Hawaii Wildlife

We spent a week sailing around the Hawaiian islands. We saw quite a few birds, both endemic and introduced, but I didn’t get many good pictures of the endemics; most of them were too skittish and/or stayed in heavy leaf cover. But I did get this Saffron Finch (Sicalis flaveola), which is an introduced species, but was too pretty to pass up.

We also did some kayaking along sea cliffs. I loved the brilliance of this Red Pencil Urchin (Heterocentrotus mamillatus), which was just above the waterline.

At one point, the ship we were on spotted a pod of Pantropical Spotted Dolphins (Stenella attenuate). As we revved up the engine, they joined us to surf the bow wave.

The highlights of the trip were two snorkeling excursions. First, a night snorkel with Reef Manta Rays (Mobula alfredi). The organizers set up surfboard with lights, which attracted plankton; the plankton attracted the rays, which did repeated somersaults just underneath us—literally less than a foot away. This picture is a screen capture:

But I hope you will able to see the video:

Later we did a day snorkel on Lahaina with Green Sea Turtles (Chelonia mydas). There were quite a few people in the water (as you will see in the video), but they just ignored us, coming up to the surface for a breath, then heading back down.


We’d arrived on the big island of Hawai’I while one of the volcanos, Mauna Loa, was undergoing an eruption (note, this is not the volcano with all of the telescopes on it—that’s Mauna Kea). We only saw lava distantly from the plane on the way in, but the ash in the sky gave us some beautiful sunrises and sunsets.

Robert didn’t ask me to put this up, but I couldn’t resist.  He sent it while on the trip, with the remark, “Richard had a slide in one of his talks comparing embryonic development to origami, which was why he pulled me in as a visual aid when that slide came up. That was, of course, great fun.  Charming fellow, I gather he’s done some biological something-or-other in his day.”

Finally, since Mauna Loa is having one of its rare eruptions on the Big Island, I asked Robert if he saw it directly. He responded:

We did see the eruption from afar, from the plane while flying in. (Pic below.) One of the days we drove up to within a mile of the flow, but it was fogged in so we couldn’t see anything.
What a great gig for Richard! I’m jealous.

Readers’ wildlife photos

September 28, 2022 • 8:00 am

Today we have wildlife photos from reader Curt Hall, whose narrative and captions are indented. Click on the photos to enlarge them.

I’m fortunate to live near Hagerman National Wildlife Refuge, near the Texas-Oklahoma border on the southern shore of Lake Texoma.

Hagerman is primarily known for the numerous bird species which live on the refuge either year round or as a part of a yearly migration journey.  Here are a couple recent bird shots from the Refuge:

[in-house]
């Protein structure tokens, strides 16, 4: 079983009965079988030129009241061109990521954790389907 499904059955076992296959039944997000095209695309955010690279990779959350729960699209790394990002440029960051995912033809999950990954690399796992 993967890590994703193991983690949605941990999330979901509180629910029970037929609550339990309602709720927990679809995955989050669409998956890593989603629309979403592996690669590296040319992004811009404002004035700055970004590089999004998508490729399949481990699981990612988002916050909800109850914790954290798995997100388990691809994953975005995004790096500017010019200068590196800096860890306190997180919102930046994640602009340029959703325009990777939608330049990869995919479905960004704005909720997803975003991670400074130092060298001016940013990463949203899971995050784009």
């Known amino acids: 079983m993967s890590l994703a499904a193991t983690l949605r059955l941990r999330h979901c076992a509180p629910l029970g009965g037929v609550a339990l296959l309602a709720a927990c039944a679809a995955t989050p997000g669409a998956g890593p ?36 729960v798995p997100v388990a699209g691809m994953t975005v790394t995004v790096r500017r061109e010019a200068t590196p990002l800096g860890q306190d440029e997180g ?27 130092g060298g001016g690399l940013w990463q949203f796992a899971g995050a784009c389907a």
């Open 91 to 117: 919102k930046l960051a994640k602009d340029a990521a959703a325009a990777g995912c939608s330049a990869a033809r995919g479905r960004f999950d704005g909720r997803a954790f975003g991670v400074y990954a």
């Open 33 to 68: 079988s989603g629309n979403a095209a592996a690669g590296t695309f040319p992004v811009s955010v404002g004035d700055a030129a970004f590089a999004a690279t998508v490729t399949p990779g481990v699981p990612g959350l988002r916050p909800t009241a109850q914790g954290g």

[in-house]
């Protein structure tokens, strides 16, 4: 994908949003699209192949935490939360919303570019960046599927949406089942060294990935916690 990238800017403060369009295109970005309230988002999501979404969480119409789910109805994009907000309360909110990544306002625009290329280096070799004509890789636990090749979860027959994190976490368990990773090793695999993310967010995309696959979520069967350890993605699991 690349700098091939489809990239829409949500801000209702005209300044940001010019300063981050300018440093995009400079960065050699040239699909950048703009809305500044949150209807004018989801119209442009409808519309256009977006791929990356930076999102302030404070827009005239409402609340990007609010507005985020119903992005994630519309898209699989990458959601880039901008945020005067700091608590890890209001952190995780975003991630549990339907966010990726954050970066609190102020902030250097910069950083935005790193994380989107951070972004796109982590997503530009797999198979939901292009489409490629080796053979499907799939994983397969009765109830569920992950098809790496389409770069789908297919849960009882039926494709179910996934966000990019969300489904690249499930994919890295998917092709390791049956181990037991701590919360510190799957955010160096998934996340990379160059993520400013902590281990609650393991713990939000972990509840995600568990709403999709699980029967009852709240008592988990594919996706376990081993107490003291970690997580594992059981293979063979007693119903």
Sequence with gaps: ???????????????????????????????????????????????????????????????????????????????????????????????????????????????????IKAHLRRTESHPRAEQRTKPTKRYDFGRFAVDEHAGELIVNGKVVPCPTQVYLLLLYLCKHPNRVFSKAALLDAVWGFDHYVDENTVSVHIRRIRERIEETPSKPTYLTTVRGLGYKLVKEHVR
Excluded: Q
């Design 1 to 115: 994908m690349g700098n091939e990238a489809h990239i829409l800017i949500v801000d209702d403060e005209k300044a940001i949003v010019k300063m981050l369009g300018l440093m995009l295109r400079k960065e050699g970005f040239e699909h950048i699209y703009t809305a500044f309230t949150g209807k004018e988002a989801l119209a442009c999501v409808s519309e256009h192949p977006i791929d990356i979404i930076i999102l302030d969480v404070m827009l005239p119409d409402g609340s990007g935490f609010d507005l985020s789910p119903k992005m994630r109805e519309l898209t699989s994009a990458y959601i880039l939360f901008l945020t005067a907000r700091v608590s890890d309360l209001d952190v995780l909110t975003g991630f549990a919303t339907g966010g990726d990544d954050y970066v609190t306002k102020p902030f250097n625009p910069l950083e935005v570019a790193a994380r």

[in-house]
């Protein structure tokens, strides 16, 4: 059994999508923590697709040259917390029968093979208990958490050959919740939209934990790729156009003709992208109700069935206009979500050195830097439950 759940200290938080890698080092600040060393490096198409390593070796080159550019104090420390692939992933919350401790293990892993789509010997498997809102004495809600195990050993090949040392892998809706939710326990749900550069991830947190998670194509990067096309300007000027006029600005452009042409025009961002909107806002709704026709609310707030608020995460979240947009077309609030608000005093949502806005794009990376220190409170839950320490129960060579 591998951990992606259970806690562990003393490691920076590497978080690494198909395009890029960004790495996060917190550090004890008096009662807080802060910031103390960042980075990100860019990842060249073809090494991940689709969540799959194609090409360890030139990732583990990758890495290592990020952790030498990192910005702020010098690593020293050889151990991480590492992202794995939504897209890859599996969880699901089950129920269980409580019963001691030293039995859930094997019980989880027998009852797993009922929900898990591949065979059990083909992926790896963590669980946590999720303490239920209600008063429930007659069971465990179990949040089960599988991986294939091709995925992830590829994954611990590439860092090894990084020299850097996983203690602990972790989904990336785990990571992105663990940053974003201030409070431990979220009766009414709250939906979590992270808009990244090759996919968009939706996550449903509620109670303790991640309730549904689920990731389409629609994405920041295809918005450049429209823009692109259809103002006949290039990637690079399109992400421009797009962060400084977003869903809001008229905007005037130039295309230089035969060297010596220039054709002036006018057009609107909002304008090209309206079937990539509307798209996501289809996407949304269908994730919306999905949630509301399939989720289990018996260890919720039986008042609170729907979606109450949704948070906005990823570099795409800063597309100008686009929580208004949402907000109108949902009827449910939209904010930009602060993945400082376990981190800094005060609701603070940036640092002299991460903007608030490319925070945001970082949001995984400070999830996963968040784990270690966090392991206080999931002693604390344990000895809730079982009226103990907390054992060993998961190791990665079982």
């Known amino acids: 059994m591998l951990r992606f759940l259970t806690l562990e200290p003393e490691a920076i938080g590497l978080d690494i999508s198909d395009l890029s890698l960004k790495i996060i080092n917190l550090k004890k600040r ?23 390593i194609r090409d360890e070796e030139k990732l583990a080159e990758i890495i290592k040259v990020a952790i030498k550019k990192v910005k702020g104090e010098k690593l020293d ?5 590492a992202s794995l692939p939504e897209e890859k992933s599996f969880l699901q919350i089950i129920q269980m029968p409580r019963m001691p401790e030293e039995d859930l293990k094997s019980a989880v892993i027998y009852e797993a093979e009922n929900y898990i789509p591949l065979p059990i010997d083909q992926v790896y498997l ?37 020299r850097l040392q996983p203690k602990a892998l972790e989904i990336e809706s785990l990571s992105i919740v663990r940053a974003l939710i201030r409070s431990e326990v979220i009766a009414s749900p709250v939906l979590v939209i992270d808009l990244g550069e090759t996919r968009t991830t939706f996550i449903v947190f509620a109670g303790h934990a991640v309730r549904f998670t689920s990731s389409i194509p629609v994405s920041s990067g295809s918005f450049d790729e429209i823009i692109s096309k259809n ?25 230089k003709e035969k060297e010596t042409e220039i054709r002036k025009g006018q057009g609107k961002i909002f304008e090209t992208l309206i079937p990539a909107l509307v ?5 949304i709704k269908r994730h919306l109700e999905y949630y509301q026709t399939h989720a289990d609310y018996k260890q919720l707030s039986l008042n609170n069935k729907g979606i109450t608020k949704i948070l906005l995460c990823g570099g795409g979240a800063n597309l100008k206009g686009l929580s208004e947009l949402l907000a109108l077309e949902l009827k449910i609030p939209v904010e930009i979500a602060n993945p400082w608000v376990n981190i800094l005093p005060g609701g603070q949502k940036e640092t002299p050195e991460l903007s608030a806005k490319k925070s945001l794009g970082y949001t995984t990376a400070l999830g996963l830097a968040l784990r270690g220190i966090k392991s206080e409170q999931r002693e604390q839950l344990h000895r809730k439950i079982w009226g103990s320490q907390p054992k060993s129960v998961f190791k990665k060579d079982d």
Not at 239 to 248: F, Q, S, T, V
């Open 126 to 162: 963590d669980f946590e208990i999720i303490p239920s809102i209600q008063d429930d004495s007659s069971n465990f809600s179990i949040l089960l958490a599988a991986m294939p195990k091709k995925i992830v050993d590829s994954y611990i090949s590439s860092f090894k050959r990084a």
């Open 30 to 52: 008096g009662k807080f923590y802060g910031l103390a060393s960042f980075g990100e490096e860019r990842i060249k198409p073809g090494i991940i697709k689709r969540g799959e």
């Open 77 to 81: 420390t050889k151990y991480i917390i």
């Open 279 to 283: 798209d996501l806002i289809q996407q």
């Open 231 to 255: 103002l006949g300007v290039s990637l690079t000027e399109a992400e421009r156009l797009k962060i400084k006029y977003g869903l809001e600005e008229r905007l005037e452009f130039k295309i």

An American white pelican (Pelecanus erythrorhynchos) watches a gaggle of Canada Geese (Branta canadensis) take off.

Numerous birds beneath beautiful sunrise clouds.  Those present include at least Great Blue Heron (Ardea herodias), Great Egret (Ardea alba), Snowy Egret (Egretta thula), White-faced Ibis (Plegadis chihi), and one or two unknown duck species.

However, I mainly wanted to share a sequence of images of two non-birds.  This sequence ended up good for one and decidedly bad for the other. These were captured when a North American river otter (Lutra canadensis) caught and ate a shortnose gar (Lepisosteus platostomus) a couple dozen feet from me.  The otter discovered a large gar in a shallow creek that recently became stranded from the main lake body as the lake level dropped through the dry summer.  The otter took advantage of this situation and managed to catch and eat a rather large breakfast.

Muddy otter retreats from an initial swim at the gar:

Otter begins his second foray into the water with gar splashing violently:

Gar continues to flail at the otters approach:

The final splash:

A quick breather before breakfast:

First bite:


Getting full:


September 11, 2022 • 2:30 pm

I finally managed to get a full night’s sleep last night, even though it consisted of my repeatedly surfacing to near consciousness and then diving back down to full sleep. The good news is that this alternation of states was as bracing as a full eight hours of sleep. I didn’t lie awake worrying about getting to sleep, and I awoke refreshed and full of energy.

But that’s not my point here. The point is that I had weird dreams all night, but they were all variations on the same theme: UNWANTED FISHCAKES.

The dream was this: I was with two old friends, and we were in some strange place trying to get a meal in a restaurant. But when I ordered something, I got FISHCAKES instead. The first dream, I recall, was fishcakes served with rice. And these weren’t even decent fishcakes: they were like compressed disks of gefilte fish, a fish I hate. I didn’t eat them.